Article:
MCALLEN, Texas – The vice president for strategy and new initiatives at the Wilson Center says border communities need to be better organized in order to have more of a say in Washington, DC.
Duncan Wood, who also serves as a senior advisor to the Wilson Center’s Mexico Institute, spoke recently at an event hosted by the CEO Club and held at the McAllen Country Club.
After his speech Wood took questions from the audience. One came from Hidalgo County Judge Richard Cortez. He asked Wood what, from an economic development standpoint, is the Rio Grande Valley not doing that it could be. Wood responded that the companies he talks to often say they have a problem recruiting talent.
Wood said the companies tell him: “We have a problem in recruiting the right skill-set. We don’t necessarily want the finished product because we can train workers ourselves. We can work with local communities, but we need to have a engineering-literate or business-literate or more energy-literate workforce that we can work with, that we can educate. And then we need to have partner institutions locally, with whom we have always been willing to invest in.”
Wood said more studies are needed on what skill-sets are lacking in the Valley. South Texas College President Ricardo Solis was in the audience. He told the Rio Grande Guardian International News Service later that, as far as higher education and workforce training is concerned, STC was carrying out all the recommendations Wood was making.
“I believe it’s so important that we begin to actually do proper surveys of what the needs are in local communities, so that we know where the shortages are,” Wood said.
“Because, right now, I think there’s a lot of speculation that goes on. But we need to talk to businesses on this side of the border, talk to businesses on the other side. Because, as we all know, they go hand-in-hand. You can’t really do one without the other.
“So let’s actually take the time and invest the resources to actually understand what the needs are in a forward-looking strategic manner. That’s where I think we can actually make real progress, if we actually have the data on what skills are needed.”
Wood then turned to an issue he said he faces often in Washington. He said too many people in Congress see the border as a problem and not an opportunity. “We need to change the mindset on that,” he said.
“You know, I always find myself in this weird situation in Washington as an Englishman from Kent, who lived in Mexico and Canada, talking about the US-Mexico border and being the one in the room when, there’s maybe a representative from Michigan who says that the border is a disaster. And then I say, have you gone down and seen what the opportunities are?”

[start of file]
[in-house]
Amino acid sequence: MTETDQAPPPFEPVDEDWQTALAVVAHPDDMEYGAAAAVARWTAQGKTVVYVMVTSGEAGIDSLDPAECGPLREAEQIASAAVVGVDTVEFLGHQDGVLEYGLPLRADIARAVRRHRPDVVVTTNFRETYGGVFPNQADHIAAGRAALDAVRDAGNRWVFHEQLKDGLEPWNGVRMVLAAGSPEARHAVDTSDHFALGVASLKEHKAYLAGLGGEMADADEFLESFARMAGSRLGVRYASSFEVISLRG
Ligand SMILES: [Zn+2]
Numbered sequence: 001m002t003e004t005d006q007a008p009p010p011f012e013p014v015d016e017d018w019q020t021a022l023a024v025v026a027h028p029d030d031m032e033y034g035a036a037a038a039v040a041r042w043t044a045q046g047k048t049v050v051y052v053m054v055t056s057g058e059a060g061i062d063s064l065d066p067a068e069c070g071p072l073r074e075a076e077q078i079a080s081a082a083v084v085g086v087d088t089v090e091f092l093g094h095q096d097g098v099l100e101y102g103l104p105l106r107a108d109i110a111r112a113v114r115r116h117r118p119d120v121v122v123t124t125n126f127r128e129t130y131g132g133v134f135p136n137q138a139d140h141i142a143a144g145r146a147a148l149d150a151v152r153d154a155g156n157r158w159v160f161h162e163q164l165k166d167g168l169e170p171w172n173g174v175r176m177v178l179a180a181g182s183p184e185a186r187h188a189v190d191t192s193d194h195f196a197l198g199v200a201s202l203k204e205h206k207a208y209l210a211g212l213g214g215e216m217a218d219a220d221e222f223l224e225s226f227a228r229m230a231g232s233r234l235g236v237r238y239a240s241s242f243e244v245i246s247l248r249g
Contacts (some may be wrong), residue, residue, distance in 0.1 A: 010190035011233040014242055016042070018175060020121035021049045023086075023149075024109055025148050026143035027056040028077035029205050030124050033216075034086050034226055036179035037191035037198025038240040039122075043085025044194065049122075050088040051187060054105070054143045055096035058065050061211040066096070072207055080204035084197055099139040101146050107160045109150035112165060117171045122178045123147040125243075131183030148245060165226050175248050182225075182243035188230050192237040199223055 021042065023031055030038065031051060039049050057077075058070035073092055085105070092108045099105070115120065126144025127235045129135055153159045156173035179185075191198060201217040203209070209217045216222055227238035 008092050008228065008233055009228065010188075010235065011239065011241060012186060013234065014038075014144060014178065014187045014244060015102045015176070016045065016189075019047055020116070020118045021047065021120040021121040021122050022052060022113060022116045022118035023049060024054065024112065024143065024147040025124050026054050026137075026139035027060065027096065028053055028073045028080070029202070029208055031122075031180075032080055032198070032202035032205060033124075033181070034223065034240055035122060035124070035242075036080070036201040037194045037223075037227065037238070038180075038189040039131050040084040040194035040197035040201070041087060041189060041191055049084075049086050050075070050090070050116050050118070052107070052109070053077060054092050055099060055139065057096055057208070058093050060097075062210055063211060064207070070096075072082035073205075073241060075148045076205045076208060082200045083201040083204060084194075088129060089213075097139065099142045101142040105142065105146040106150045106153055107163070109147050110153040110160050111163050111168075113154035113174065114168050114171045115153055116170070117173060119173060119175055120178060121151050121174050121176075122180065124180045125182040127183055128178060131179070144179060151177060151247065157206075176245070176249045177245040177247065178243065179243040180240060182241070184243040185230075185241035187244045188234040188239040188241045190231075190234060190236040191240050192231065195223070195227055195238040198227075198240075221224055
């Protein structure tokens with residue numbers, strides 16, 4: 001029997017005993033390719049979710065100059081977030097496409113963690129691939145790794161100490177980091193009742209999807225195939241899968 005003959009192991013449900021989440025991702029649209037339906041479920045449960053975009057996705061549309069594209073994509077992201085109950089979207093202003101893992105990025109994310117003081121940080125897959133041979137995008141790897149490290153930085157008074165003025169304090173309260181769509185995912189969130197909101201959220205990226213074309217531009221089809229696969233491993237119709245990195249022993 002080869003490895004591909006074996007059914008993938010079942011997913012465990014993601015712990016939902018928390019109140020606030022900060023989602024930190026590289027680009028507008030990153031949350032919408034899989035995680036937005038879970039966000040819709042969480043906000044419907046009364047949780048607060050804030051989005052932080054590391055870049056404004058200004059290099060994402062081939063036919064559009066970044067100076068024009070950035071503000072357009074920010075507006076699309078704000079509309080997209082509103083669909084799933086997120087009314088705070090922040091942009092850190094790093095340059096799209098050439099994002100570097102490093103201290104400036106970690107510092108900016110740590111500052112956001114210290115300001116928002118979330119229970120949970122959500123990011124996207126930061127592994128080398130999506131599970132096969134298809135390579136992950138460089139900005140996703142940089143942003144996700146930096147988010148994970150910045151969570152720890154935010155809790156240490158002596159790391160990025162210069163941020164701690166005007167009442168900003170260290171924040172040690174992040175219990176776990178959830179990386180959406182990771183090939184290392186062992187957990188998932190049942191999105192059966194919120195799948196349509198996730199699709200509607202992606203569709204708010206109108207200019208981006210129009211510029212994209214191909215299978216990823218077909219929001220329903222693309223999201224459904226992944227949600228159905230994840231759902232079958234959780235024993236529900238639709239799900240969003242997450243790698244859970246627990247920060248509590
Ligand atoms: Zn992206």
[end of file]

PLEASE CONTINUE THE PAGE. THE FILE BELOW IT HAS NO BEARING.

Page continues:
Wood said there are opportunities for border cities like McAllen to raise their profile nationally.
“We’ve got the 30th anniversary of NAFTA coming up. We’ve got the near-shoring phenomenon. One of the things that frustrates me enormously, Judge (Cortez), in Washington, is I have conversations all the time about supply chains, about de-risking from China, etc., and people say, we need to do near-shoring and I say, that’s why I want to talk to you about Mexico, because Mexico is an incredible place. I want to talk to you about the border. These people lose interest immediately. It’s an incredible thing. Their eyes glaze over because when they hear Mexico and in particular when they hear the border they have a predetermined image of what it is. And that’s the thing they don’t understand, the incredible economic dynamism that exists.”
Dalinda Gonzalez-Alcantar, a board trustee for South Texas College, asked Wood if he had ever had any success in changing someone’s mind in Washington about the border. Wood said, yes, temporarily so.
“We did a study a few years ago where we looked at how many jobs in the United States depend upon the economic relationship with Mexico. And we did the breakdown not just by state, but actually by congressional district so we could go into the representatives’ offices, sit down with their staff, and talk about the impact of Mexico. And they will say, you know, I’m from Vermont or something. And I would say, oh, this is how many jobs in your district that are impacted by trade with Mexico. And they would say, I had no idea of that.”
Wood also said the Mexico lobby in DC needs to be stronger.
“So I think about this a lot. Why is it that the Cuban lobby or the Israel lobby, even, now, the Venezuelan lobby is so powerful in the United States? Because they’re so well organized. Why is the Mexican lobby powerless, toothless? Because it’s not organized,” Wood said.
“What do we need to do on the border to raise the profile of border communities? We need to be better organized. And think about it. Think about how many Cuban Americans there are in the United States and how much influence they have on policy. And then think about the combined wealth of border communities, the population, why it matters and what we could do with that (power) if we were just better organized. The only way it (the border) is going to make a difference is actually by getting involved in national politics and making sure there are consequences.”
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